The change in the calorimeter to implement the constant temperature chamber essentially invalidated the pre-run calibration. Consequently, any determination of excess heat will be performed by a post-run calibration. This will be performed after many prolonged vacuum pump-downs of the cell, using a cold trap, and charging with ordinary hydrogen in order to remove all of the deuterium. This is done with the catalyst heated to promote release of trapped deuterium. It is expected that the pump-down cycles will continue until a consistent temperature reading for catalyst temperature is attained.

The heat measurement in the flow calorimeter is not as precise as would be needed to be confident in small amounts of excess heat. The standard deviation (sigma) of the heat output, which has been rather constant since the installation of the constant temperature chamber (15 days) is 0.2 W. Therefore, a minimum excess heat of 0.6 W is required to be seen as statistically significant excess.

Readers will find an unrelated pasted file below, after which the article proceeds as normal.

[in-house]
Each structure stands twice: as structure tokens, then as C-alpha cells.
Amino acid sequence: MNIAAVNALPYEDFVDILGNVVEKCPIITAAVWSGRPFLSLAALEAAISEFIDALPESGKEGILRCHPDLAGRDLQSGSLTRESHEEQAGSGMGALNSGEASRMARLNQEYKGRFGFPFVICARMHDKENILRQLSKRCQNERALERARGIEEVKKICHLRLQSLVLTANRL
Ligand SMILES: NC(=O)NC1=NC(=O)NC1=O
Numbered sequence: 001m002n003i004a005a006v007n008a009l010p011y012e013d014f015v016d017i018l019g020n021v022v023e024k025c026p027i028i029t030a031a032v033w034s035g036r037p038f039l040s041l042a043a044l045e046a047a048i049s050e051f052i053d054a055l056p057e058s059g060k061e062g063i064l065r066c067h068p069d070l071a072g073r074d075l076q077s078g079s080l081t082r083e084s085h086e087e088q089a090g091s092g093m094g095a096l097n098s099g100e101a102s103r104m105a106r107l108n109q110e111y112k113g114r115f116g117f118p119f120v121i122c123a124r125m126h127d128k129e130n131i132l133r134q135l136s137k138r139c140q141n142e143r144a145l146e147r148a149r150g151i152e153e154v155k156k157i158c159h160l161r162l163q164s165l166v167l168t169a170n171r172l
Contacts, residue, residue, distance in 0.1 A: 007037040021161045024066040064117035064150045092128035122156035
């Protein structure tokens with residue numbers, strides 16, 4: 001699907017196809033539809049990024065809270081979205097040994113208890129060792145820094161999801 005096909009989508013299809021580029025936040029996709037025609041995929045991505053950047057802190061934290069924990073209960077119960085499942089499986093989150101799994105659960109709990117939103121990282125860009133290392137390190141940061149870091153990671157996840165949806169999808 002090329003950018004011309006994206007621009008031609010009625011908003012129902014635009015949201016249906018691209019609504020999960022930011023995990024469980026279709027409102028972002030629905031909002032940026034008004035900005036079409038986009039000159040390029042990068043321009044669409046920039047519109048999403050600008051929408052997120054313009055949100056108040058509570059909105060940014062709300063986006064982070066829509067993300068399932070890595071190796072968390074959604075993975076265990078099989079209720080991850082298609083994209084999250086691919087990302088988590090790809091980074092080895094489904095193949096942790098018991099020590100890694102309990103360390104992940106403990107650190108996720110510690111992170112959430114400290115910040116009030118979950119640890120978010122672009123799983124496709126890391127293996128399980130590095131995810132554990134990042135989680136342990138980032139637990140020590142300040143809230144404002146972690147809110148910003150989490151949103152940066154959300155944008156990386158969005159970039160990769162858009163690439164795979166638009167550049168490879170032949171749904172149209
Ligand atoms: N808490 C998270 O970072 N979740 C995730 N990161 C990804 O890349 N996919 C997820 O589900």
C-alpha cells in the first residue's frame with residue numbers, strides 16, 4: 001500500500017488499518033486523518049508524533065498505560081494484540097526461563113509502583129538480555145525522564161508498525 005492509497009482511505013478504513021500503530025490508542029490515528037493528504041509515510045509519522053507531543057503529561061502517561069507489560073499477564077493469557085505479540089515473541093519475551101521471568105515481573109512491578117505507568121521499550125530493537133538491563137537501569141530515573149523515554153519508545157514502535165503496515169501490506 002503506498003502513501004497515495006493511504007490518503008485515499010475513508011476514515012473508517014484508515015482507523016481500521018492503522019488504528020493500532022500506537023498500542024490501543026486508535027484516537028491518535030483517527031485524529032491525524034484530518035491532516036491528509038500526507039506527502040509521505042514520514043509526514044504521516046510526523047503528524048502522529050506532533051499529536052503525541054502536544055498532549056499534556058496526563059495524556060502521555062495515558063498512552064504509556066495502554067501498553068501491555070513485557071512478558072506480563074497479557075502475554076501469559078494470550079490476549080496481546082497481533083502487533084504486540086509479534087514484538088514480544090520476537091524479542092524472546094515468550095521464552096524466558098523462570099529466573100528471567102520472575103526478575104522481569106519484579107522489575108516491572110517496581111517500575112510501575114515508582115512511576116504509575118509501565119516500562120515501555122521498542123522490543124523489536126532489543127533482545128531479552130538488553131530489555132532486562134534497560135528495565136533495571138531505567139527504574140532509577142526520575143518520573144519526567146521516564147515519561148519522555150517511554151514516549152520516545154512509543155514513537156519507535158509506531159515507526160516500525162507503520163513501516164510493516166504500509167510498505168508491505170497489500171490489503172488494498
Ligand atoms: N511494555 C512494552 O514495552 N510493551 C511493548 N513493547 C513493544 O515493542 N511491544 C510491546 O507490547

The power to the cell heater was turned off and the cell cooled overnight. When the heateršs regulated power supplies were turned back on, the input power returned to its former level, as did the catalyst temperature and the heat measured in the calorimeter. The catalyst temperature did not repeat the weeks long slow rise to get back to 223ºC, where it was when the heater power was killed.

In summary, any excess heat is small and will be determined after the run is complete and calibration is performed with regular hydrogen. Helium analysis of the cell gas will be conducted at SRI.

HydroSonic PumpTM